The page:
In case you’re wondering, Bank of America gets an A (3,880 complaints in the last three years), Comcast gets a B- (13,231 complaints), General Motors gets an A+ (348 complaints), and, interestingly enough, the user review site Yelp also gets an A+ (816 complaints).
Even in cases where the grades generally seem fair, however, they probably don’t mean what you think. Unlike the reviews on Yelp or Angie’s, the BBB’s grades are not a reflection of customer experiences or the overall quality of a business. “We are not rating the products or services they provide,” said Hutt. Instead, business grades are mainly determined by “how they resolve customer complaints,” Hutt clarified.
But how often are complaints truly resolved? The BBB brags that it handled nearly one million complaints about businesses last year. How much time can BBB staffers devote to each of these grievances? Seconds? Perhaps a few minutes? There is more than one incentive to make complaints go away and not damage business grades. If a business’s grade drops too low, it will lose accreditation and the BBB will lose out on those annual fees.
A 2011 New York Times article pointed out examples of BBB complaints being closed—or not even registered—despite the fact that customers weren’t remotely happy with the behavior of the business at hand. When a complaint is deemed “closed” by the BBB, a consumer can elect for the BBB’s mediation services. But those services must be paid for by the consumer, resulting in a situation that, say, a customer must pay $70 in order to get $39 back on computer software that didn’t work as promised. This scenario works out well for businesses, which can maintain their good BBB grades and see their annual dues as money well spent:
It pays $550 a year in dues, and for that money, it puts between itself and its many unhappy customers a toll booth operated by no less an authority than the Better Business Bureau. And passage through this toll booth costs nearly twice as much as the product for which a refund is sought.
Because the BBB has no government affiliation whatsoever, it cannot shut down a business or force it to do much of anything. In Yelp reviews of the BBB, consumers and business owners alike call the organization “useless” time and again. Few businesses go public with criticism of the BBB because, among other reasons, there is a stipulation in BBB standards that lists the following as a reason a company can have its accreditation revoked: “Avoid involvement, by the business or its principals, in activities that reflect unfavorably on, or otherwise adversely affect the public image of BBB or its accredited businesses.”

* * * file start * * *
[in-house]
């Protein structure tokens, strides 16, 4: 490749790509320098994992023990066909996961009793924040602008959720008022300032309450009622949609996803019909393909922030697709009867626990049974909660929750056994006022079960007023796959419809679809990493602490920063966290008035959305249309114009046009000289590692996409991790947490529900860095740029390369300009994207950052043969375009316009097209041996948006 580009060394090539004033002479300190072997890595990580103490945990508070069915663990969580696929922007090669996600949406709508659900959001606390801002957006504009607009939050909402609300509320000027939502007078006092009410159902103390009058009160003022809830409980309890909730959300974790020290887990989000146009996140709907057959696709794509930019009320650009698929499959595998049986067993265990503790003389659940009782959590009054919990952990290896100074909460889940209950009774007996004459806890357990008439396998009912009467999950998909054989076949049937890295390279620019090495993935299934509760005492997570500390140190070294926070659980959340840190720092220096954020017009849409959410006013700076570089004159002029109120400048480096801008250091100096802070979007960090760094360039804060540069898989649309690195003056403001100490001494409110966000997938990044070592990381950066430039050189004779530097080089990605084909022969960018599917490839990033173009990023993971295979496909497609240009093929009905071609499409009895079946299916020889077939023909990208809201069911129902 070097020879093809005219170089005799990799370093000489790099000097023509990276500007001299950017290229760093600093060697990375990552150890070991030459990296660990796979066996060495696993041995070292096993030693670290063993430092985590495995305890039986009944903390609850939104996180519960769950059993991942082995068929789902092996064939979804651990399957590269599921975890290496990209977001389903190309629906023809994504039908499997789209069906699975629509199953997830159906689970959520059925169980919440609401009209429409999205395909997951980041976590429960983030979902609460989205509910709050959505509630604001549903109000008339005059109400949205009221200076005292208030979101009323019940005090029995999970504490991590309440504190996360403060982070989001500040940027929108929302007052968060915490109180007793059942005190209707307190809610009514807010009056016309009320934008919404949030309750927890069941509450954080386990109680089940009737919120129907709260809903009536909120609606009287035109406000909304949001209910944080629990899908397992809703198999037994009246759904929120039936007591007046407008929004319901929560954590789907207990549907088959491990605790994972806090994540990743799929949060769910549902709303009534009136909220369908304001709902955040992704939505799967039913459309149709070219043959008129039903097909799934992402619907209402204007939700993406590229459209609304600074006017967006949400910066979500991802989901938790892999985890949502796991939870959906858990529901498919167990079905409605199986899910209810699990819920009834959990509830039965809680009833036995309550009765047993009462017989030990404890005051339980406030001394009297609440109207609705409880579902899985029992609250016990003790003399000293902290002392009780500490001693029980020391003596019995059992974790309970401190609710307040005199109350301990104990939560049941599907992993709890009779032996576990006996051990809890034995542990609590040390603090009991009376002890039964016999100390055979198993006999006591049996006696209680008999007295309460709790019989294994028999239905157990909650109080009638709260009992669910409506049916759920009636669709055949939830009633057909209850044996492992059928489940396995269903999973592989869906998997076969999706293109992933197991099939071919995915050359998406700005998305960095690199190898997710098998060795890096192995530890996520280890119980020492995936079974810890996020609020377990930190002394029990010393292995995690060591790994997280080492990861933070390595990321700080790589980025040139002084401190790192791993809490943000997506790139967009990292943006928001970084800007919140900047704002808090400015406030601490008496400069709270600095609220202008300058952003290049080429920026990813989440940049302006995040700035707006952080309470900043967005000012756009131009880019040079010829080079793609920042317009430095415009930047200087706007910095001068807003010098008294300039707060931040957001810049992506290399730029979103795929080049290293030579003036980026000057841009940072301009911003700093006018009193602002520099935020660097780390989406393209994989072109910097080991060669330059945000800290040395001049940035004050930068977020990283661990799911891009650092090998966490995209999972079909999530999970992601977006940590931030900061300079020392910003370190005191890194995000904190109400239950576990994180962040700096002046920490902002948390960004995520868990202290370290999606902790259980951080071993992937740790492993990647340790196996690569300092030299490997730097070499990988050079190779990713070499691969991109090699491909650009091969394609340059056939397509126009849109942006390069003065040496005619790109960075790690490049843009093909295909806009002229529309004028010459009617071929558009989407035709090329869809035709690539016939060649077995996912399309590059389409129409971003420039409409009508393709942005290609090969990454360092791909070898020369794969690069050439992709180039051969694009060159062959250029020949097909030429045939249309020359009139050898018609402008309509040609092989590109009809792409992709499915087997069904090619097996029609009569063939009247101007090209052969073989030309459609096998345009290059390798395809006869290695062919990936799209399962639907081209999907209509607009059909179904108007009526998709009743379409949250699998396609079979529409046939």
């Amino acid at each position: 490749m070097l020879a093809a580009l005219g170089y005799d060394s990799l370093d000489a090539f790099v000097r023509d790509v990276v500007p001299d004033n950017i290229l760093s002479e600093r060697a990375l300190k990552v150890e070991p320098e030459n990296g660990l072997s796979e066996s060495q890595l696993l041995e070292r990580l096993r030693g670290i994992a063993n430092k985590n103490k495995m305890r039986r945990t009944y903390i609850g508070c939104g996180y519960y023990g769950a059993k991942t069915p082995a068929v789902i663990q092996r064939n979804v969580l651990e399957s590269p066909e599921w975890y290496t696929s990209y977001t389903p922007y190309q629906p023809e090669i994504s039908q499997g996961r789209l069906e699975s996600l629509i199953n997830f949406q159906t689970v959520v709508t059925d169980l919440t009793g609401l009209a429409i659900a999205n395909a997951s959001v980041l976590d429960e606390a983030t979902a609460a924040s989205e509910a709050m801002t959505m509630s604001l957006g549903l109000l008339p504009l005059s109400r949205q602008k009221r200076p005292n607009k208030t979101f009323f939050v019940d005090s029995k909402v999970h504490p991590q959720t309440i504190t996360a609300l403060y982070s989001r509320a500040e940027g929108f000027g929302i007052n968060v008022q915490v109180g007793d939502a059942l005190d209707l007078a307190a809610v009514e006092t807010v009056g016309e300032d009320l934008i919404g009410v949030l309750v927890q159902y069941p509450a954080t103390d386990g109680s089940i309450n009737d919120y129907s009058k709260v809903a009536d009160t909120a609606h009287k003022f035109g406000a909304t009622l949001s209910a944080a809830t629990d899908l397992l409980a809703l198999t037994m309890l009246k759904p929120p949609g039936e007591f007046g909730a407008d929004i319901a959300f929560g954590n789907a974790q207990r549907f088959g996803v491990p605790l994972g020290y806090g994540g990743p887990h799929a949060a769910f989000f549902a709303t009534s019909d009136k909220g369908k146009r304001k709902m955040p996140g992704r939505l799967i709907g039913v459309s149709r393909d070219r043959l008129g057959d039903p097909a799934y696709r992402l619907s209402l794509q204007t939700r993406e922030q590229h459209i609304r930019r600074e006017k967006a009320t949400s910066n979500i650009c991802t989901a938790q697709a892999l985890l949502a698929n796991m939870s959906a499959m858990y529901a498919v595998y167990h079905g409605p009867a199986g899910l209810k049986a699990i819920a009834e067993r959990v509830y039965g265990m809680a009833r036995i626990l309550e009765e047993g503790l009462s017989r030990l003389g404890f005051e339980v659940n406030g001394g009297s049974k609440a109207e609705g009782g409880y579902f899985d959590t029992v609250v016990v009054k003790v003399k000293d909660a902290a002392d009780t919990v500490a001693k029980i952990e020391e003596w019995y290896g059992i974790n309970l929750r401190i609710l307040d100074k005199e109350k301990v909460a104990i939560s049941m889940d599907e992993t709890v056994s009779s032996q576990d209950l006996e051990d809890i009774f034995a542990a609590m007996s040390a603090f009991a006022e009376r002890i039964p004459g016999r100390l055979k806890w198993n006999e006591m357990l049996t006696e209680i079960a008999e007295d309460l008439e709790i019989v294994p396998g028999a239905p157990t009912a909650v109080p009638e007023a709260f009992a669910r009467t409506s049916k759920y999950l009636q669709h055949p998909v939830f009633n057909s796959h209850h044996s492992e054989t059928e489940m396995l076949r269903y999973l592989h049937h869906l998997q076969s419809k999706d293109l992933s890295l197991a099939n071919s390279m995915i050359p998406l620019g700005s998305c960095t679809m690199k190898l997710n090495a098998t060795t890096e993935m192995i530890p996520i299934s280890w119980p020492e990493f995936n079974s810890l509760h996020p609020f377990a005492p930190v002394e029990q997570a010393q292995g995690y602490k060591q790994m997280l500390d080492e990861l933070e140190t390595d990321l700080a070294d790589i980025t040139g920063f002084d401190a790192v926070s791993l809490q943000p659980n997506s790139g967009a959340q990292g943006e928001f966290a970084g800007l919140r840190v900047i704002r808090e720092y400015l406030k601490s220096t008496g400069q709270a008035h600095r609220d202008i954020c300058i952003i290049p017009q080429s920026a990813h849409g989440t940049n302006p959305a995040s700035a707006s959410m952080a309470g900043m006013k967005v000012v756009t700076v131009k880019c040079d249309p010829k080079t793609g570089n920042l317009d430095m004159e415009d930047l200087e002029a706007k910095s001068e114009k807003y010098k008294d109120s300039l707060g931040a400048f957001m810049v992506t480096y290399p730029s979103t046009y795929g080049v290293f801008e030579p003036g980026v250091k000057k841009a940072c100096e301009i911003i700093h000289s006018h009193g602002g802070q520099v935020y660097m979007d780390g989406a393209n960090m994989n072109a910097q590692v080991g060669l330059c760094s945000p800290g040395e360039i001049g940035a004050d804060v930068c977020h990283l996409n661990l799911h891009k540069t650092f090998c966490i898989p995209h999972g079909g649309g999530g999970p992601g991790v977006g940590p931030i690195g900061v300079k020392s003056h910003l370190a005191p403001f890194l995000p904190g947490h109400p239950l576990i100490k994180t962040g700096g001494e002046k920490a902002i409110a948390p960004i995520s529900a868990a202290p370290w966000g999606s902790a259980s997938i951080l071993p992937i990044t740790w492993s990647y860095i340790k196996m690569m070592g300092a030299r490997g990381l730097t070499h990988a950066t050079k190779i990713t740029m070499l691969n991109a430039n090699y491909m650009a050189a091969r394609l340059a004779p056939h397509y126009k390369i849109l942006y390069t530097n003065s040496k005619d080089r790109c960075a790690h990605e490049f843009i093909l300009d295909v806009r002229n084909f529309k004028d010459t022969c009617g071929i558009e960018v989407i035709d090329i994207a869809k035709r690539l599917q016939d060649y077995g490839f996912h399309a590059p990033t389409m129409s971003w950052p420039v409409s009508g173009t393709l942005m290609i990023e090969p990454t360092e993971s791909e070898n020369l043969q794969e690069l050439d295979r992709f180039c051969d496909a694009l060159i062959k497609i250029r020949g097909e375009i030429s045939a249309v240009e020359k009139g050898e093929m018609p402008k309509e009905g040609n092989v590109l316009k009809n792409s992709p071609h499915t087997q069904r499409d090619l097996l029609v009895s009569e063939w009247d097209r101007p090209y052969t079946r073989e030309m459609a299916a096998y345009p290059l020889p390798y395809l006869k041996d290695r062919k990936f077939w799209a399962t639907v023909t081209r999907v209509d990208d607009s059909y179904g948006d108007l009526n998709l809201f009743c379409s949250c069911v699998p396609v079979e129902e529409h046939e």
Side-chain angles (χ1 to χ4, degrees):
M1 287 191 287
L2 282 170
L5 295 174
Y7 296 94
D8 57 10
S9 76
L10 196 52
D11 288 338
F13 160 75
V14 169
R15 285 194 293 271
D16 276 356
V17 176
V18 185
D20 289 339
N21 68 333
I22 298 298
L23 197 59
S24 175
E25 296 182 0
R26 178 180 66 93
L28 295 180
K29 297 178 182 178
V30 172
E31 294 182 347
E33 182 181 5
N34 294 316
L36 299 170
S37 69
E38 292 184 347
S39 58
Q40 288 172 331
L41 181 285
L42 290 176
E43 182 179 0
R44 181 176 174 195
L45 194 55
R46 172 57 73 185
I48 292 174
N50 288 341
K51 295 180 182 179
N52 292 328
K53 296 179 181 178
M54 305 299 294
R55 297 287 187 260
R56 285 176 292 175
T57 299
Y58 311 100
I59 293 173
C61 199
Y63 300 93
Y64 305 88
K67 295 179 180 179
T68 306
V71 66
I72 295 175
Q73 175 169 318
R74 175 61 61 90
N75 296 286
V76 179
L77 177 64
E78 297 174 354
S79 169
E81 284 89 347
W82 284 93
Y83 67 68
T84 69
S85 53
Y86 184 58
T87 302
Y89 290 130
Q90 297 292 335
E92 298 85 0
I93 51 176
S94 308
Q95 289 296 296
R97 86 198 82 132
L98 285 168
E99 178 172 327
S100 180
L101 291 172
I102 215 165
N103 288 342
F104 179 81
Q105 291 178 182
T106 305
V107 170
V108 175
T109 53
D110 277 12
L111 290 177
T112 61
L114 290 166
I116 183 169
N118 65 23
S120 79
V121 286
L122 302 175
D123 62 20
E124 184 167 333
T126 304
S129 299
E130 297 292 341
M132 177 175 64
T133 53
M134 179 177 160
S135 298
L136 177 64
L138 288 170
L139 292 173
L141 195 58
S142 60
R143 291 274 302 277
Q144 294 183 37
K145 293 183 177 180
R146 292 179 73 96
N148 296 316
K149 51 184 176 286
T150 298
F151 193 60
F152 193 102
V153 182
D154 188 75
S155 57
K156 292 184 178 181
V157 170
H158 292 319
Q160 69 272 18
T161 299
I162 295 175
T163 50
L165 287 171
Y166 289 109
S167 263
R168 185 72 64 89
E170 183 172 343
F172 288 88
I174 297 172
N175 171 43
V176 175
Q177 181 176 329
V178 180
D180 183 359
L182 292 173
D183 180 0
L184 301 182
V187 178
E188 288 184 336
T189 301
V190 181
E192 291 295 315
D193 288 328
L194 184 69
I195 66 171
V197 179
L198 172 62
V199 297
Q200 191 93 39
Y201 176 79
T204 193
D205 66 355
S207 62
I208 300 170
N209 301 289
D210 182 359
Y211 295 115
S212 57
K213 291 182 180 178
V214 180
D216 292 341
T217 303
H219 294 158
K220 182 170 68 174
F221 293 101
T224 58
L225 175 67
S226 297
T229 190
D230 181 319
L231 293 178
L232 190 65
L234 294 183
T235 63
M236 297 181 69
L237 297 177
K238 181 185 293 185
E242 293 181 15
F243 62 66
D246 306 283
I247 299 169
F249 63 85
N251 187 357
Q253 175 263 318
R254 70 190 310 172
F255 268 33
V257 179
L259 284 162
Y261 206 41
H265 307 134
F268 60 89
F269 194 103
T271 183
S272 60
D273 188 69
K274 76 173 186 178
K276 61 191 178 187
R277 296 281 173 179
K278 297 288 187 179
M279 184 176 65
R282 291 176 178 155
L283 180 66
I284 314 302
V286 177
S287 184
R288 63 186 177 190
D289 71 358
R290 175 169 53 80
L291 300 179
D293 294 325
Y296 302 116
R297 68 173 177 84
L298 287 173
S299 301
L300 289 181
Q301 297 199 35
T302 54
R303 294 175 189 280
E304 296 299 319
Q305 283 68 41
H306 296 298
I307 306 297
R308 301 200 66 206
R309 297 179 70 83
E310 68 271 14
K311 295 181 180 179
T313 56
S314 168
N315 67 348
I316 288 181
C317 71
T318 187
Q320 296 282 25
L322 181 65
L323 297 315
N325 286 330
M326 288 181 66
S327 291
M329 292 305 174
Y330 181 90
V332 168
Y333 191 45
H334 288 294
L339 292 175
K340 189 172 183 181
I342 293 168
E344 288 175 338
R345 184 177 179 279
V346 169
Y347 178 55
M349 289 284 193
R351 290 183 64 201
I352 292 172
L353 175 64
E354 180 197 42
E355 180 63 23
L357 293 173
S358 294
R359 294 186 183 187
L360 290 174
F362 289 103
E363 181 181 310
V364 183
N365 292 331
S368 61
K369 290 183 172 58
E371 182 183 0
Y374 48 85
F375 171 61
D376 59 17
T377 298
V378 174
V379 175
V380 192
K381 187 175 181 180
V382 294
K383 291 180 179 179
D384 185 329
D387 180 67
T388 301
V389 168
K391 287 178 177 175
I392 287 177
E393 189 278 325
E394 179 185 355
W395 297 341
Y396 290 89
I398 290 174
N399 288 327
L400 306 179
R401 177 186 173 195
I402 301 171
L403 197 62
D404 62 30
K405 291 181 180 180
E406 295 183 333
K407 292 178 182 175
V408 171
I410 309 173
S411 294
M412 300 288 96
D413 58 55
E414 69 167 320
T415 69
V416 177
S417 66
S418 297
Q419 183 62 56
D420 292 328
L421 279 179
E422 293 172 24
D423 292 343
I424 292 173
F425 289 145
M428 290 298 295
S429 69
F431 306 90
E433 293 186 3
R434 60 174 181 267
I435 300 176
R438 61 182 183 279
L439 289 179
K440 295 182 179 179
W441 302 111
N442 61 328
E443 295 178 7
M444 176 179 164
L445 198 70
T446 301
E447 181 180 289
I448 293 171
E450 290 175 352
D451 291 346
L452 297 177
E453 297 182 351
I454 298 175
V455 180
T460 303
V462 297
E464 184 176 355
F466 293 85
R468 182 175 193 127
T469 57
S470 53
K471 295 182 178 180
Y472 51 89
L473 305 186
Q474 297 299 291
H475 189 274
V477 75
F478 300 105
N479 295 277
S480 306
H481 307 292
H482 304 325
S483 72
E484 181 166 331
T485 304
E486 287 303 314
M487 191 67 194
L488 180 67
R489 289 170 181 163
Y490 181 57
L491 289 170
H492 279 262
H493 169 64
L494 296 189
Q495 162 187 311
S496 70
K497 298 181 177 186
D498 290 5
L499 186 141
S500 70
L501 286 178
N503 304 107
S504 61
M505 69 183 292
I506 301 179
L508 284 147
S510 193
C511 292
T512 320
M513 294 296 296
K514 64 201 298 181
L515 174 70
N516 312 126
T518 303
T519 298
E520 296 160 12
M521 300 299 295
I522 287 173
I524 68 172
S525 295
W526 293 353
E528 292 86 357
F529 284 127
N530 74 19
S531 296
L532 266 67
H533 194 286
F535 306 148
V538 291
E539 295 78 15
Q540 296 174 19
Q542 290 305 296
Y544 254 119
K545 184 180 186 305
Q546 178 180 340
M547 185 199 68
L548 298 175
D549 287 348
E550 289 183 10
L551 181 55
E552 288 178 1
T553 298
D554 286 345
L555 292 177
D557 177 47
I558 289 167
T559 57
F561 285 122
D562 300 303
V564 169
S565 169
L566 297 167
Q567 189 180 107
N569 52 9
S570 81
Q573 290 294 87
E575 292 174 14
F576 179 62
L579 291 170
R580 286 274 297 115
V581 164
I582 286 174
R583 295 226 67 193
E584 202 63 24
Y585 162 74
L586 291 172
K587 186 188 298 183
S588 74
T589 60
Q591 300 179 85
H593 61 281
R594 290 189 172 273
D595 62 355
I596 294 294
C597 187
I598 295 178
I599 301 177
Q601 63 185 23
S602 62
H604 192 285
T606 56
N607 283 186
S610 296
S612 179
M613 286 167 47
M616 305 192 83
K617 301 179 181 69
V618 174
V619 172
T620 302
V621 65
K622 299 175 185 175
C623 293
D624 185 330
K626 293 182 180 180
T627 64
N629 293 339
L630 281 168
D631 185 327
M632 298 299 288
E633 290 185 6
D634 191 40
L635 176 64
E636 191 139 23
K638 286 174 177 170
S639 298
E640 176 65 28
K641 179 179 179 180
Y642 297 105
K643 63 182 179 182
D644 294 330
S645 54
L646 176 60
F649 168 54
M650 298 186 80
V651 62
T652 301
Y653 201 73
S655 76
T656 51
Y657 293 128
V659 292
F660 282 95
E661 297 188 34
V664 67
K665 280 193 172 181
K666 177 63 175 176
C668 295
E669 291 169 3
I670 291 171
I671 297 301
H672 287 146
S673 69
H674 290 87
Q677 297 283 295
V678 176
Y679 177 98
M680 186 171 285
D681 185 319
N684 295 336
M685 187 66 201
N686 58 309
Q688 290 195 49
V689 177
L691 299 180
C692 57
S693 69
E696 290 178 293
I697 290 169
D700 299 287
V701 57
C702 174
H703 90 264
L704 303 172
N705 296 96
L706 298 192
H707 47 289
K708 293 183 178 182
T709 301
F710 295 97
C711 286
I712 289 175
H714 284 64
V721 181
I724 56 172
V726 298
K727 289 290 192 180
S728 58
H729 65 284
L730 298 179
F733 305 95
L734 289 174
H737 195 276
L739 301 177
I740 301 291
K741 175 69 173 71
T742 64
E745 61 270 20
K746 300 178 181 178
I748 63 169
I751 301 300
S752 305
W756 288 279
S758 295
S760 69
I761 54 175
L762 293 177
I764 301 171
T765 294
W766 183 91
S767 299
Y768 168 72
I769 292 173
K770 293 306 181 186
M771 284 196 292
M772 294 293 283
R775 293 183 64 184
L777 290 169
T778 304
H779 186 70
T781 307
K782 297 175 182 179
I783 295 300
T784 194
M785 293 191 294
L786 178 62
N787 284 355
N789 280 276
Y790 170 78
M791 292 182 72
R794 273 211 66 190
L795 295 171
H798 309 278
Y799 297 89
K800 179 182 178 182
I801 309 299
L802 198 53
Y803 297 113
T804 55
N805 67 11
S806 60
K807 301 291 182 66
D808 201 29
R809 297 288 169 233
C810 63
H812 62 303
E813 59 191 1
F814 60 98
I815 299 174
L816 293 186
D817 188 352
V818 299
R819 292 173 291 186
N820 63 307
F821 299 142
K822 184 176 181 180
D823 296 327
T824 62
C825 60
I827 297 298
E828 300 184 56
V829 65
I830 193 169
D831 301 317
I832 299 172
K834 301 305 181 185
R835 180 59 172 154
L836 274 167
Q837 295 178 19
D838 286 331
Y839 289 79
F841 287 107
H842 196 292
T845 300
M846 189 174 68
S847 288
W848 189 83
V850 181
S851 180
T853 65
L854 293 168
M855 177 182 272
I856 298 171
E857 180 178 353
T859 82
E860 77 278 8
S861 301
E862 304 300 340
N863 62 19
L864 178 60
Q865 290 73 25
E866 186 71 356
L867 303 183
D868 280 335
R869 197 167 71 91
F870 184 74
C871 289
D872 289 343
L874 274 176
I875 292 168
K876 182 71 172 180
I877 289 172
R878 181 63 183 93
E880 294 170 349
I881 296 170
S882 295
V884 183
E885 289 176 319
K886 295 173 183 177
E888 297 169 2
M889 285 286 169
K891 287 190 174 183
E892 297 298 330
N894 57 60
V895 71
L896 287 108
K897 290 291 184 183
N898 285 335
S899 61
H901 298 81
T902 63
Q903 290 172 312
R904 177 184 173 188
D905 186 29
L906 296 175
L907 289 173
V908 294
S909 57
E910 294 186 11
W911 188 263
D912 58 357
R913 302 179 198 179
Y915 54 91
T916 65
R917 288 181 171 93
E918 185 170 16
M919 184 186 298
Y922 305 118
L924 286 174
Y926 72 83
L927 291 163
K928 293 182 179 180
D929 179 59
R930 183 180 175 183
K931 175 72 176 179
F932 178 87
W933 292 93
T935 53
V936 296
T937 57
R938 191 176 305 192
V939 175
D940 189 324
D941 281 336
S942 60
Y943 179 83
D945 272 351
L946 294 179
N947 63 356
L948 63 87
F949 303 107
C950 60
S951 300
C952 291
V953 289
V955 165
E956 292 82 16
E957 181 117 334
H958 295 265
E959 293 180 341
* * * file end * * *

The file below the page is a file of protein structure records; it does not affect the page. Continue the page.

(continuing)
In other words, complaining about the BBB can result in your business losing accreditation with the BBB. This is despite the fact that the BBB’s reason for existence is largely as a platform for lodging complaints. (Hutt says that the reason for this stipulation is to protect against the “BBB haters” who might pay for accreditation merely to bash the organization.)
So what is the BBB and its grading system useful for? The BBB is “not the best place to find out customers’ prior experiences,” according to Edgar Dworsky, who runs the consumer advocacy site ConsumerWorld.org. “You get a snapshot about a company’s reputation, boiled down to a letter grade, much like a credit score, but the detail is lacking.”
And is it worth complaining to the BBB about a business? Sure, so long as you keep your expectations low, says Dworsky. “My sense is that BBB complaints at many companies get special attention because of the implied threat of having a bad reputation/rating at the BBB,” Dworsky explained via e-mail. “Since it is so easy to complain online to the BBB, why not? Like chicken soup, it couldn’t hurt.”